The number of visitors passing through the Afghan Peace Volunteers’ (APVs’) Borderfree Nonviolence Community Center in Kabul is incredible. Each afternoon, nearly sixty high-school-age students attend free classes to prepare them for the rigorous KanKor test, required of every Afghan desiring to attend public university. By 8:00 this morning, women from neighboring districts had begun arriving on foot, by taxi, or on bicycle, bringing hand-sewn duvets which the young APV’s will distribute to the city’s poor. There is no sign on the door; the address is not published; there is no central telephone number. And yet they come.
Almost immediately following lunch this afternoon, a young university student arrived, bringing unexpected news concerning the recent bombing of a Shia cultural center which had killed 45 people and injured many more. Well-dressed in jeans and warm sweater, he told us that three female relatives had been at the center at the time of the blasts. Two had been killed; the other was expected to recover. A fourth victim, the young man’s friend, had also perished.
As always happens when news of this sort arrives, the room went quiet. Each of the young women and men turned aside and wondered, in the words of our guest, “When is my time going to come?”
It has only taken a week, but I am beginning to realize just how intense life in Afghanistan is for each one of its 36 million citizens. Several times a week, in one guise or another, death walks through the gate.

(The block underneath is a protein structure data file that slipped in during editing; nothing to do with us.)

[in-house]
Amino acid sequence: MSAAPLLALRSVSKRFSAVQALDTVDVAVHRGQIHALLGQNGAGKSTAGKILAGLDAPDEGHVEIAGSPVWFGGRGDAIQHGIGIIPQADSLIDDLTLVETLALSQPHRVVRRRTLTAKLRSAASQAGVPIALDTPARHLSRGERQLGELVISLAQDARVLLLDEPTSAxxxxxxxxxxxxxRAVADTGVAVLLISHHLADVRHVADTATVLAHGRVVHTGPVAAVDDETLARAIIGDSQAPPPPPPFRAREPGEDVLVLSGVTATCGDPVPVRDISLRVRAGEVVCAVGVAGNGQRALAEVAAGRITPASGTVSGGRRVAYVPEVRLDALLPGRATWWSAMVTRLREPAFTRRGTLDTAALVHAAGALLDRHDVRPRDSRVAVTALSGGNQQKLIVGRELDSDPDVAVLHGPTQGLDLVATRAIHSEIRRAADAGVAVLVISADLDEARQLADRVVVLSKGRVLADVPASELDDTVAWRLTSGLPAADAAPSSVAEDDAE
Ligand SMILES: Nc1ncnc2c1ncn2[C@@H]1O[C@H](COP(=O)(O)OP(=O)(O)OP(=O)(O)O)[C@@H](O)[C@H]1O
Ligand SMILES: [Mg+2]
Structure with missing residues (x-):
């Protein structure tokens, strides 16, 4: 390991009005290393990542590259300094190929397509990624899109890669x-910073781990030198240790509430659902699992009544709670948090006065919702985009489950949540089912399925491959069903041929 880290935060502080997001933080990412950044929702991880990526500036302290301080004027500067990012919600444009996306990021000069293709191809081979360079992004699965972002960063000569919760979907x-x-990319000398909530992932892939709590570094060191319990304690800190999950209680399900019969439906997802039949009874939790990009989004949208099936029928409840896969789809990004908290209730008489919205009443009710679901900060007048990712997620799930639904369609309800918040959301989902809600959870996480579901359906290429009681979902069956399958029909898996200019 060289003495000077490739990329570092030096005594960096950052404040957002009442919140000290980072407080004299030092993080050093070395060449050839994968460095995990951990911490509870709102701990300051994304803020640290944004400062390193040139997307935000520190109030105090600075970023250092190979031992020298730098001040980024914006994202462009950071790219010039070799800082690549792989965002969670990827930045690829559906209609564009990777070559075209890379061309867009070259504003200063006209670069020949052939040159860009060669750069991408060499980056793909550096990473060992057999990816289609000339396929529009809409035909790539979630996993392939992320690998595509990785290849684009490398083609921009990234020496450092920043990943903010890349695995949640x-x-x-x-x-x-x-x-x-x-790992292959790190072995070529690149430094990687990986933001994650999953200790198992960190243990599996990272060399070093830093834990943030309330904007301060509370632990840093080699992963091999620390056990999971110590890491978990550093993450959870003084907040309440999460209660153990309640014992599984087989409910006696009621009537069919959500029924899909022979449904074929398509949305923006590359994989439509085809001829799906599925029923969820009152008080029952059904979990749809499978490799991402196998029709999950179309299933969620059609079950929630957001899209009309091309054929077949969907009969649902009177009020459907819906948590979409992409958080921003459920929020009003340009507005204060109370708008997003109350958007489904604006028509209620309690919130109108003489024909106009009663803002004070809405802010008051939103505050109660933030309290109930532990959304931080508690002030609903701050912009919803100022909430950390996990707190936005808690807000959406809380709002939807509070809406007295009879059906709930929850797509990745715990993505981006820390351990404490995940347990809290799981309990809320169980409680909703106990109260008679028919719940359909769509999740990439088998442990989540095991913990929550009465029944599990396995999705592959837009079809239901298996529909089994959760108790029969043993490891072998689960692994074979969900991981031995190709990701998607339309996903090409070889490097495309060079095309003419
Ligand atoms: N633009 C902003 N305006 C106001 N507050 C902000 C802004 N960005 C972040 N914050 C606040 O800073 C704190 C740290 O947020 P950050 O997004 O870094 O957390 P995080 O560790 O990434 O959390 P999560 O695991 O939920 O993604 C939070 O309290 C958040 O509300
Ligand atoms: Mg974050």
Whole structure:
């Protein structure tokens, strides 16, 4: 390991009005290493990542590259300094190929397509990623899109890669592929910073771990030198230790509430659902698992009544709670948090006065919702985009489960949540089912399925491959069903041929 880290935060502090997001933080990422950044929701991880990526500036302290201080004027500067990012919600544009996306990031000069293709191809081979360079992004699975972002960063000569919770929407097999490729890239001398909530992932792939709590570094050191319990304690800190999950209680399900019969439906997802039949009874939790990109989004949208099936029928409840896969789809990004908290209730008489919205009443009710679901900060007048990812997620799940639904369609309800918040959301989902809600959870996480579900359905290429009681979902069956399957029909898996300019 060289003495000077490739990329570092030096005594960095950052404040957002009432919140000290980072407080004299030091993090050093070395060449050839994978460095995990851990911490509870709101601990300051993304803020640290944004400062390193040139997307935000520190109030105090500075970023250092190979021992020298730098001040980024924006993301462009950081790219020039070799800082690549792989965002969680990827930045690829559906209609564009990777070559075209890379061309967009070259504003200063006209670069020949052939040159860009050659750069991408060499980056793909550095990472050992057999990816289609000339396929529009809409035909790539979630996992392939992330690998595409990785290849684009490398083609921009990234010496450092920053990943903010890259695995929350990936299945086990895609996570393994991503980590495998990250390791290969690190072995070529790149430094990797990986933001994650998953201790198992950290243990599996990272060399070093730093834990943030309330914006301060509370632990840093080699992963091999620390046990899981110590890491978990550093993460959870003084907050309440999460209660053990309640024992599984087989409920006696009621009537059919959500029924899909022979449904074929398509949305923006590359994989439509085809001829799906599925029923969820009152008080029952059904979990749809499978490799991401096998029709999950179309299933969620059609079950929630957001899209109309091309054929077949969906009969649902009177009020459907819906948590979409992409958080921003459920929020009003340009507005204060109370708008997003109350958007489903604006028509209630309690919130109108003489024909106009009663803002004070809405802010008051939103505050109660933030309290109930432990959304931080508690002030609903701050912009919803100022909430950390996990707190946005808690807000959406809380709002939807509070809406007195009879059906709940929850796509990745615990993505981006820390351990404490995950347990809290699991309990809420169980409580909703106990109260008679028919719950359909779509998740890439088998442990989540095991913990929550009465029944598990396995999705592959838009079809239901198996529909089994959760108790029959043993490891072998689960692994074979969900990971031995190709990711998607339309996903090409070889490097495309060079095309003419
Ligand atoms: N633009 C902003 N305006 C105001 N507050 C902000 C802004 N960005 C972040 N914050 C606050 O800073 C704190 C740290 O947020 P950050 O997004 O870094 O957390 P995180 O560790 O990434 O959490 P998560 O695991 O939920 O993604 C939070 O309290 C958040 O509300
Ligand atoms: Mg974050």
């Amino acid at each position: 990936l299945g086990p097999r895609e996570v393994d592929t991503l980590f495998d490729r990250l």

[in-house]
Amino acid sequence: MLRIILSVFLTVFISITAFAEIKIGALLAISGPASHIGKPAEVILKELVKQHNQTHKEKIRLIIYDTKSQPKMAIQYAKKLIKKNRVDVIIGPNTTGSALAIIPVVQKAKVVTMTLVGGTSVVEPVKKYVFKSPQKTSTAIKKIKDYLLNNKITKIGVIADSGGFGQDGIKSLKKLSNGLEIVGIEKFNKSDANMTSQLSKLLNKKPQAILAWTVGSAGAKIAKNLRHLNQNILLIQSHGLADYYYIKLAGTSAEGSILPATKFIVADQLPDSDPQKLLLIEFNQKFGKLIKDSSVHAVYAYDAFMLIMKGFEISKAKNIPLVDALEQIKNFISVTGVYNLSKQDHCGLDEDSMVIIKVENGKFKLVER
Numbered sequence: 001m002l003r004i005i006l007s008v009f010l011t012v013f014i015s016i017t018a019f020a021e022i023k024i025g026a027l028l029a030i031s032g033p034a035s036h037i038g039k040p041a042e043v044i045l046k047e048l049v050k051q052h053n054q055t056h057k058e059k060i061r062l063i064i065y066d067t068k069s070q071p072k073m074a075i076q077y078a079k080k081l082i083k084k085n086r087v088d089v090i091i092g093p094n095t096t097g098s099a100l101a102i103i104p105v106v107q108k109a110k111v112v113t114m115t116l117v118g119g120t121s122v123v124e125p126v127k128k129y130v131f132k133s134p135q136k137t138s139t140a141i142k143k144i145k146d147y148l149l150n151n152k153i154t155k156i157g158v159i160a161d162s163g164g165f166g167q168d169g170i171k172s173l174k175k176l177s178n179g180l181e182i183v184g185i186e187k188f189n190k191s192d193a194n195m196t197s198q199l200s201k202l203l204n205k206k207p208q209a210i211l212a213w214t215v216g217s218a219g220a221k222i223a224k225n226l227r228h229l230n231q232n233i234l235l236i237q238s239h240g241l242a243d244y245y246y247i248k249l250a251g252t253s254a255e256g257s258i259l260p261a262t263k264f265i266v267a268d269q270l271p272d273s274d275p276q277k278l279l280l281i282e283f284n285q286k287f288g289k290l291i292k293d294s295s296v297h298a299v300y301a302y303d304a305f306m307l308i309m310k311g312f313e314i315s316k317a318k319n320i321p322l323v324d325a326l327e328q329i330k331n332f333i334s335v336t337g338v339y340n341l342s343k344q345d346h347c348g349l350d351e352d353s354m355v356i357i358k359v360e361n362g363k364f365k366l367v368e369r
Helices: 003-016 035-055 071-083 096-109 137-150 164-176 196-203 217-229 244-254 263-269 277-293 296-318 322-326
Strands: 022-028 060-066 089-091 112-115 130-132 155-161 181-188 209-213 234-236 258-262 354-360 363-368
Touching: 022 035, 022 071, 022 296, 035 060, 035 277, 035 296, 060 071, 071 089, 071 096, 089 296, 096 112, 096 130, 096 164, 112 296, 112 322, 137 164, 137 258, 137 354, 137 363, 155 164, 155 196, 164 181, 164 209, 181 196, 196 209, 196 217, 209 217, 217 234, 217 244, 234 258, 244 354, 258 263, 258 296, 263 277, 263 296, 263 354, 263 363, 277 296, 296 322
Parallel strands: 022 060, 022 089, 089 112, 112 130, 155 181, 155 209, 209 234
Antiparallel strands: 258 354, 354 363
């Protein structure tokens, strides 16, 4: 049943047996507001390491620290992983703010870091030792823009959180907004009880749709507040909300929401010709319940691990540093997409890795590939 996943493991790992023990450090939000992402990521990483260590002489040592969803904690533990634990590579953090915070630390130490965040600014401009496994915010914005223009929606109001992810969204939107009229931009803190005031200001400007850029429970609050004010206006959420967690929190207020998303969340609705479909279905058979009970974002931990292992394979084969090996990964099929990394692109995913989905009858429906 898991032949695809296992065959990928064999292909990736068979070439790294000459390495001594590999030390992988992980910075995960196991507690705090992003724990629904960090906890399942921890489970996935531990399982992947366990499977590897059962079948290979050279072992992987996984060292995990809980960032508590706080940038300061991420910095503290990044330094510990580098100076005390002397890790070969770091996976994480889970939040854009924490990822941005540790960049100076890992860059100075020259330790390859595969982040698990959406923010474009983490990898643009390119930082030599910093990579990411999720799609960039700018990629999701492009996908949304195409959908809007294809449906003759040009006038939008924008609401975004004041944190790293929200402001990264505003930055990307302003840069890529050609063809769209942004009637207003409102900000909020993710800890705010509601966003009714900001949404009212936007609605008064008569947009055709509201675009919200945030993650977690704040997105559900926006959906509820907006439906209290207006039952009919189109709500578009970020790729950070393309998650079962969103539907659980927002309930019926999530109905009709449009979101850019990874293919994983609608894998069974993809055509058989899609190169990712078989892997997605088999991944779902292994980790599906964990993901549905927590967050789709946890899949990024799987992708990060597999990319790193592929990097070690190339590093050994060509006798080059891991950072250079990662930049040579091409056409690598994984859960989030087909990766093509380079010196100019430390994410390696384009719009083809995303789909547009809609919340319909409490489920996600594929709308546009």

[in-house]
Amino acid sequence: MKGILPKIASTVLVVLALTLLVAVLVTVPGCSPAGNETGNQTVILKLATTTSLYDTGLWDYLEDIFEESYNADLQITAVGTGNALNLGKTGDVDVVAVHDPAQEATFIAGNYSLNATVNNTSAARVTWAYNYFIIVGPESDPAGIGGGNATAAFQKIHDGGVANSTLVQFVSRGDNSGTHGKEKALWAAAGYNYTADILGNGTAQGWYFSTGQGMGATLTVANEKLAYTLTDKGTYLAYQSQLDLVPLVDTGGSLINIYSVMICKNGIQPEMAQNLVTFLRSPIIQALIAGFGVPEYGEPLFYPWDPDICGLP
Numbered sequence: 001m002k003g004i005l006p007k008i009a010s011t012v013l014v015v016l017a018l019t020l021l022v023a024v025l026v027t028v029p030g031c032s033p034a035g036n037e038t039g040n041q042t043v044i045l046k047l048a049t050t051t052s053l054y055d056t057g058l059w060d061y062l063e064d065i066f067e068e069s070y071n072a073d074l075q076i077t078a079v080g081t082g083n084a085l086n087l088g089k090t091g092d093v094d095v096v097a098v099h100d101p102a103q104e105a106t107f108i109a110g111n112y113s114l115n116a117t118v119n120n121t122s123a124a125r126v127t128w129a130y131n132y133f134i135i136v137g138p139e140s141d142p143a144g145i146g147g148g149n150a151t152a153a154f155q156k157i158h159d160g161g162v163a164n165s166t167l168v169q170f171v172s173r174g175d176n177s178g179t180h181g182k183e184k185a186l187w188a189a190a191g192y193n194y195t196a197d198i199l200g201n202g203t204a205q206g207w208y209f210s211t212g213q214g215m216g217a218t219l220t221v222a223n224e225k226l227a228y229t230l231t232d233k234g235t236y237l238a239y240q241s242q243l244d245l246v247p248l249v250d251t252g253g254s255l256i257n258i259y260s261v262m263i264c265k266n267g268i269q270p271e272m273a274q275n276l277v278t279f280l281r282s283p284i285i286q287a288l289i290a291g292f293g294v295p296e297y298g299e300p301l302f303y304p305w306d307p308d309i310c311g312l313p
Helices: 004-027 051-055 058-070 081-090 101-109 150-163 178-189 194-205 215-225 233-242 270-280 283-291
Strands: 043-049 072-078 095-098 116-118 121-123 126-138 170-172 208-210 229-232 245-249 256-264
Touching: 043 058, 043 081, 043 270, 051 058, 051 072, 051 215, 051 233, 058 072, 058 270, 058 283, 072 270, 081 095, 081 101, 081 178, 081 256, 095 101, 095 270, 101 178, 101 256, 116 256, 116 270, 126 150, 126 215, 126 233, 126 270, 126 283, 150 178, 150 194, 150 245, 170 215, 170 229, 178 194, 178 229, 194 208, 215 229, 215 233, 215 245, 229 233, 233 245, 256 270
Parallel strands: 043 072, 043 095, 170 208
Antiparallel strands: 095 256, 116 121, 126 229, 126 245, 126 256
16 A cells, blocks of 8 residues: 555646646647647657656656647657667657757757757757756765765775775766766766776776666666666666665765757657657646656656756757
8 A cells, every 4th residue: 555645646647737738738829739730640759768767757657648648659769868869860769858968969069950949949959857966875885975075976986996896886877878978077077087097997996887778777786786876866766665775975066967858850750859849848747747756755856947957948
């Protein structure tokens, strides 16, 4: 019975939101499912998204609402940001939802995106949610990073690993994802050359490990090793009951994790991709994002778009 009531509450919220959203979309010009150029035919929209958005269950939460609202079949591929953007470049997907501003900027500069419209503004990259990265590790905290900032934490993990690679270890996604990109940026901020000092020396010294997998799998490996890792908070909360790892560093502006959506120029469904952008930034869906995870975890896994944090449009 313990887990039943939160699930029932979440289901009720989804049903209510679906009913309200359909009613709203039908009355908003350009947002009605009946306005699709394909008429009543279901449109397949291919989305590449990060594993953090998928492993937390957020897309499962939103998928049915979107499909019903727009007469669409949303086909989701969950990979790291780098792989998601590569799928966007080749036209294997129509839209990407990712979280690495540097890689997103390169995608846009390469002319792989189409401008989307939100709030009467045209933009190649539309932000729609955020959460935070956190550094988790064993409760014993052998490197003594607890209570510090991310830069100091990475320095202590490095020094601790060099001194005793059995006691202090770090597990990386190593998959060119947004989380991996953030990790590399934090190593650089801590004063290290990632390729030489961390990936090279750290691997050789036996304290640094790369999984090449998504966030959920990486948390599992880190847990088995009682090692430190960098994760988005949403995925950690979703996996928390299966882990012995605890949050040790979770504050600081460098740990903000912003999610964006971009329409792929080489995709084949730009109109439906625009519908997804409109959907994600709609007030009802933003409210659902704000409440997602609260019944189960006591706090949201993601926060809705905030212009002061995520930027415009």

How do Afghans react to the ongoing violence? In talking to young visitors to the Center, the impression is that the noose of fear is tightening. Friends tell us of thinking twice before going out on unnecessary excursions.
The insurgents whose only weapon is violence are clearly gaining sway here, but the Afghan Peace Volunteers are adamant in their knowledge that violence solves nothing. They struggle daily to practice and teach nonviolence, which their charter maintains “is a [personal] value and a way of living, relating, and acting,” a positive force for change in our own lives and in the life of our planet.
The world has moved on from Afghanistan. The ongoing conflict in this small nation has lost our interest. As I was departing from my first visit here, a 15 year-old friend said, “Goodbye, Mr. Ken. You are very brave to come here.” “No,” I replied. “You are the brave one. I can go home. You live here.”
In the borderfree world envisioned by the Afghan Peace Volunteers, we are all citizens of Afghanistan. We cannot let the noose be tightened any further.
For more information about the Afghan Please Volunteers, please visit their website: ourjourneytosmile.com.